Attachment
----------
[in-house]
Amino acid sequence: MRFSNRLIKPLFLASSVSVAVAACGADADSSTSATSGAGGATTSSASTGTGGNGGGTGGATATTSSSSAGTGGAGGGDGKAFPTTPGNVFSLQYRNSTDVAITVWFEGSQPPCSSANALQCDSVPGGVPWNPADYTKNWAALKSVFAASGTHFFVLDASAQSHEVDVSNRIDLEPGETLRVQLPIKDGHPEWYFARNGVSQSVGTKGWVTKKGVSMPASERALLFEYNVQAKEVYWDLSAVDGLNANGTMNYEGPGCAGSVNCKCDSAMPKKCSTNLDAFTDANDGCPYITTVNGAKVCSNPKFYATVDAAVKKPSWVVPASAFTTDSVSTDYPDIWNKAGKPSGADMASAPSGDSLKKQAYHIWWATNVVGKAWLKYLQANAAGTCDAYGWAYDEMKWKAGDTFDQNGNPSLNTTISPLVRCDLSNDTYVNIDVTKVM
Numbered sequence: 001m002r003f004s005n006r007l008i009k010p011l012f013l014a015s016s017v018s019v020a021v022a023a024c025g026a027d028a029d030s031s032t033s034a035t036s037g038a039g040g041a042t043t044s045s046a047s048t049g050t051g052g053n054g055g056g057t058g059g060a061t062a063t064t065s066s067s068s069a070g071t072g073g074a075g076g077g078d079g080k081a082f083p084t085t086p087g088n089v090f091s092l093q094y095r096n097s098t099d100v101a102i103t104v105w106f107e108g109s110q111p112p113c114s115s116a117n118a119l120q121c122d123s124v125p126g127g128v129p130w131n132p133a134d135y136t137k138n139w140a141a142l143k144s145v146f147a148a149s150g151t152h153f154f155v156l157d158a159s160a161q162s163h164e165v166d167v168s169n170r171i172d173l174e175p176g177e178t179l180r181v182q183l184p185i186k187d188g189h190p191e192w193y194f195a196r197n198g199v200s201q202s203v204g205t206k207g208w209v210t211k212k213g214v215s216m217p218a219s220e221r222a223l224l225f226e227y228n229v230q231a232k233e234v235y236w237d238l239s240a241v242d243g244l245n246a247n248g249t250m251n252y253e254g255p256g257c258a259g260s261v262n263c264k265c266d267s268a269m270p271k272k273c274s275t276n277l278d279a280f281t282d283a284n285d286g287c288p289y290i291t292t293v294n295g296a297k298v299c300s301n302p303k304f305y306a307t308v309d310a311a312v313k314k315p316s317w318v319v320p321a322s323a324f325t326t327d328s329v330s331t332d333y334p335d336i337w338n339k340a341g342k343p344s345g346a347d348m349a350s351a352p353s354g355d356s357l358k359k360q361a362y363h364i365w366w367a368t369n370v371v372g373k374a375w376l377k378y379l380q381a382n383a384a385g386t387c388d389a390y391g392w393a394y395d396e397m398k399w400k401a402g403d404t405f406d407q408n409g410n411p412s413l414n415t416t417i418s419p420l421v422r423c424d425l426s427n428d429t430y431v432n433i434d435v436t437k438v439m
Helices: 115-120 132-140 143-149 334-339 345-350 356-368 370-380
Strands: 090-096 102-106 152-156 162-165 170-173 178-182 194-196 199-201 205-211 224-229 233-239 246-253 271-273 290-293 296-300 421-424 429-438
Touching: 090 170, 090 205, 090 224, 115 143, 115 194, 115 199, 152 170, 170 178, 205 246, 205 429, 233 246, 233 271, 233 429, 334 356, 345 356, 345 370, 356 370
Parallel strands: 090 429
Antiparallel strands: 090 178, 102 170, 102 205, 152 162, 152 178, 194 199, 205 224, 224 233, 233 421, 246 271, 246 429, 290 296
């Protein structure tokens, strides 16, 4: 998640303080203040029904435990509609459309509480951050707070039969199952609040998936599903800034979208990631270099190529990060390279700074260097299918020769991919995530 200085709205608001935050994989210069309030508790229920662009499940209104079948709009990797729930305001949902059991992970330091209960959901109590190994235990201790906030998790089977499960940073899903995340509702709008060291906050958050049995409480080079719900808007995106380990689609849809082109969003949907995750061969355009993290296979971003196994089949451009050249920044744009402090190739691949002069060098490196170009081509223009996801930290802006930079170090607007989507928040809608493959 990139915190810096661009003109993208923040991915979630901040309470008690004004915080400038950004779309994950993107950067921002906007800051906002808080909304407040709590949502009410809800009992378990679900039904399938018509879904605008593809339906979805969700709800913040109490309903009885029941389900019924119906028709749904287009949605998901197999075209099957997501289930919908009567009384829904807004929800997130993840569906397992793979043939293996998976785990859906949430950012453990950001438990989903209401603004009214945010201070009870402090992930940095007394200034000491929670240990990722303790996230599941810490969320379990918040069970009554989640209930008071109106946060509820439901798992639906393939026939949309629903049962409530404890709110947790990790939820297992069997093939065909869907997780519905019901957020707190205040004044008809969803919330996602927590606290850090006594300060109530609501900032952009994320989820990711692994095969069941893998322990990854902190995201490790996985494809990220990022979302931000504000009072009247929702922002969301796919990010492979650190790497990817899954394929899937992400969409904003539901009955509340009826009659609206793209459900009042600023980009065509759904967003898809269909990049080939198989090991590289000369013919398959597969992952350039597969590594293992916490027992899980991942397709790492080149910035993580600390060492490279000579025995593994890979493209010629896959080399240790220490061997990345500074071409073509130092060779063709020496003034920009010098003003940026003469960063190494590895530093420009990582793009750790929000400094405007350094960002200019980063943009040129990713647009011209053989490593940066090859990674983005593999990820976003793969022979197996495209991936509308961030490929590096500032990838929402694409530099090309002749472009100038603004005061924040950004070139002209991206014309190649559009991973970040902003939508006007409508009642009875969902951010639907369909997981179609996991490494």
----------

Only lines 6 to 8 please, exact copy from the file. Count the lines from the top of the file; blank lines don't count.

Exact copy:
Touching: 090 170, 090 205, 090 224, 115 143, 115 194, 115 199, 152 170, 170 178, 205 246, 205 429, 233 246, 233 271, 233 429, 334 356, 345 356, 345 370, 356 370
Parallel strands: 090 429
Antiparallel strands: 090 178, 102 170, 102 205, 152 162, 152 178, 194 199, 205 224, 224 233, 233 421, 246 271, 246 429, 290 296